“[W]e show related articles next to [content flagged by fact-checkers] so people can see alternative facts.”
-Sheryl Sandberg, Sept. 5, 2018
Nearly two years have passed since Kellyanne Conway, Counselor to President Donald J. Trump, coined the term “alternative facts” during a television interview. At the time, Conway’s language provoked a sharp response. “Alternative facts are not facts,” her interviewer replied. “They’re falsehoods.” Commentators mostly agreed: Alternative facts were “an assault on foundational concepts of truth” and “the new way of disregarding unpalatable evidence.” Even a year later, one writer likened alternative facts to “reality denial” and claimed that the term had been “mocked out of existence.”
In September 2018, alternative facts roared back into relevance when Facebook’s chief operating officer, Sheryl Sandberg, told a Senate committee that Facebook deploys alternative facts in its fight against misinformation. In Facebook’s strategy, Sandberg explained, potentially false content is presented in users’ News Feeds alongside related articles “so people can see alternative facts.” “The fundamental view is that bad speech can often be countered by good speech,” she said, possibly meaning to evoke Louis Brandeis’s concurrence in Whitney v. California. Thus, she explained, Facebook’s “Related Articles” feature literally places “good speech” (fact-checked content) beside “bad speech” (false content) in users’ scrolling feeds. To Sandberg, alternative facts did not describe reality denial but nearly its opposite: a strategy for evidence-based course correction.
Facebook’s use of Related Articles to fight misinformation, together with the articles’ public characterization as “alternative facts,” provide a case study for exploring the company’s private ordering of speech. They highlight Facebook’s power to control the communicative content of speech in digital space; Facebook’s highly experimental approach to behavioral modification of users; Facebook’s lack of accountability for its speech-regulating choices beyond its economic relationships; Facebook’s selective neutrality in speech-related disputes; the complex relationship between speech practices that suppress misinformation and those that increase user engagement; and the tension that exists between Facebook’s role as a governor of others’ speech and its role as a corporate political speaker in its own right.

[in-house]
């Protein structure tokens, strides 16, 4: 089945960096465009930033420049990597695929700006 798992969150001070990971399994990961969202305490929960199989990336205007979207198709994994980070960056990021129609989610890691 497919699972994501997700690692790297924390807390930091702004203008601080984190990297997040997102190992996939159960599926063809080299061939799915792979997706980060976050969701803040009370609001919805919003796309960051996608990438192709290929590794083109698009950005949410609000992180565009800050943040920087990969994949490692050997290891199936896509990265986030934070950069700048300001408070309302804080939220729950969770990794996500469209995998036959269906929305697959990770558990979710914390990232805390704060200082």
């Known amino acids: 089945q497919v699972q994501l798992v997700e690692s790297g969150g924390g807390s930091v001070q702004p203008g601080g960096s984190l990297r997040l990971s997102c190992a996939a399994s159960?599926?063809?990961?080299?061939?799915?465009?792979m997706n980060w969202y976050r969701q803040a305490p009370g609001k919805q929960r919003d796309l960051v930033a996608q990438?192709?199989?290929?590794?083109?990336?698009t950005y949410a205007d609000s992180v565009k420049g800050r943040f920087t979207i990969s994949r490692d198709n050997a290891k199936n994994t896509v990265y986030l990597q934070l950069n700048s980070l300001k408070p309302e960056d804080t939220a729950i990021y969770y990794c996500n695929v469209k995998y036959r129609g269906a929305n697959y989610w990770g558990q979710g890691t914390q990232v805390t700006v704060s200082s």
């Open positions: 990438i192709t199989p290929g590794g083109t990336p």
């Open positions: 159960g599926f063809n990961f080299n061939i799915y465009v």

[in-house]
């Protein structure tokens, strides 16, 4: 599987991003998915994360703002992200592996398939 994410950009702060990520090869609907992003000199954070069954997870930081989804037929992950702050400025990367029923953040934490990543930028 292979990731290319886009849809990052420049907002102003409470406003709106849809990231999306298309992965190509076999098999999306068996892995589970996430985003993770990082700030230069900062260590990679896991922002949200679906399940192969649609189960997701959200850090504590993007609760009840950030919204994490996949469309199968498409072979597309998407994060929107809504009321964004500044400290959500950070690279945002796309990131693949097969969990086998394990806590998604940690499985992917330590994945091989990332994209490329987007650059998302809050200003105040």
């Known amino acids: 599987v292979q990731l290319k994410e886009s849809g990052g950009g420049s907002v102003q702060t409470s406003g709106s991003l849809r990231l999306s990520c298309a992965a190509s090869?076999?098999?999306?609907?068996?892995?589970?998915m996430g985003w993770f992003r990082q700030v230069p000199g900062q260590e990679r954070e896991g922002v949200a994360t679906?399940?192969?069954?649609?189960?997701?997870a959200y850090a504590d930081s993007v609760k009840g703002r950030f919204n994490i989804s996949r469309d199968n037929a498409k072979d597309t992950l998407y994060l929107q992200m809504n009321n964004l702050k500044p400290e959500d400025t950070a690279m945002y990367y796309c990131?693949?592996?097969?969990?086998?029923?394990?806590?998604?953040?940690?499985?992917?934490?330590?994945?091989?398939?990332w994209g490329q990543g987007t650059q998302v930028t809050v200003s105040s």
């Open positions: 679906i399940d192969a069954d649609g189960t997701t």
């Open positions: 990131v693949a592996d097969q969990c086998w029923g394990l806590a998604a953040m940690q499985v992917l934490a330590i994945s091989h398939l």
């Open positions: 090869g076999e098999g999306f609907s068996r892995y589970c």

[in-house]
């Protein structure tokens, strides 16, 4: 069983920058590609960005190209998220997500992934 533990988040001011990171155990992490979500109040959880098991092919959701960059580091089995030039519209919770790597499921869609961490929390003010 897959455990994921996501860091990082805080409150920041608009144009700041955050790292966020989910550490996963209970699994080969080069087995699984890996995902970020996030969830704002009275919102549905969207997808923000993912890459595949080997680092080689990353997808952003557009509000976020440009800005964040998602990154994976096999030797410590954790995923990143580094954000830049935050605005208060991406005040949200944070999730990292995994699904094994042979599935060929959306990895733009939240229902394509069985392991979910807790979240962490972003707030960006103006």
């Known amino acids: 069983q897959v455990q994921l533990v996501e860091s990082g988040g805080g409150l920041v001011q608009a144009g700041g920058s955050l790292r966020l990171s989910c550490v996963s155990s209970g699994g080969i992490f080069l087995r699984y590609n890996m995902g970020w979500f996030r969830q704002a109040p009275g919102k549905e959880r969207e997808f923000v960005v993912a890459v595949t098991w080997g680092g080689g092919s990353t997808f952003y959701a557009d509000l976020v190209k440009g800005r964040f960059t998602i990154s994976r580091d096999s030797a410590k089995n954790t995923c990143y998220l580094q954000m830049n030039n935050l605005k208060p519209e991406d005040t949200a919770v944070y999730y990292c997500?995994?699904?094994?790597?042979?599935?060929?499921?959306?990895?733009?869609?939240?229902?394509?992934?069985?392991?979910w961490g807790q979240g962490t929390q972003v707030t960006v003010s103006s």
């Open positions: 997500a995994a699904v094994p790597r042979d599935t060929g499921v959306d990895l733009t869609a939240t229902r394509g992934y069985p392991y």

None of these factors justifies regulating Facebook as a state actor—a question that may weigh on the minds of the Supreme Court justices who hear Manhattan Community Access Corp. v. Halleck this term. Permitting the government to regulate platforms like Facebook as state actors would, among other things, promote the “both sides” approach that I criticize in this essay. Competition among platforms obviates the need for content-based regulation, so long as users can choose from among an array of providers. Some of them might, however, justify legal constraints on matters of corporate structure, such as dual class stock, that limit managerial accountability, corrode corporate democracy, and, at Facebook, indirectly but powerfully influence how political discourse gets structured.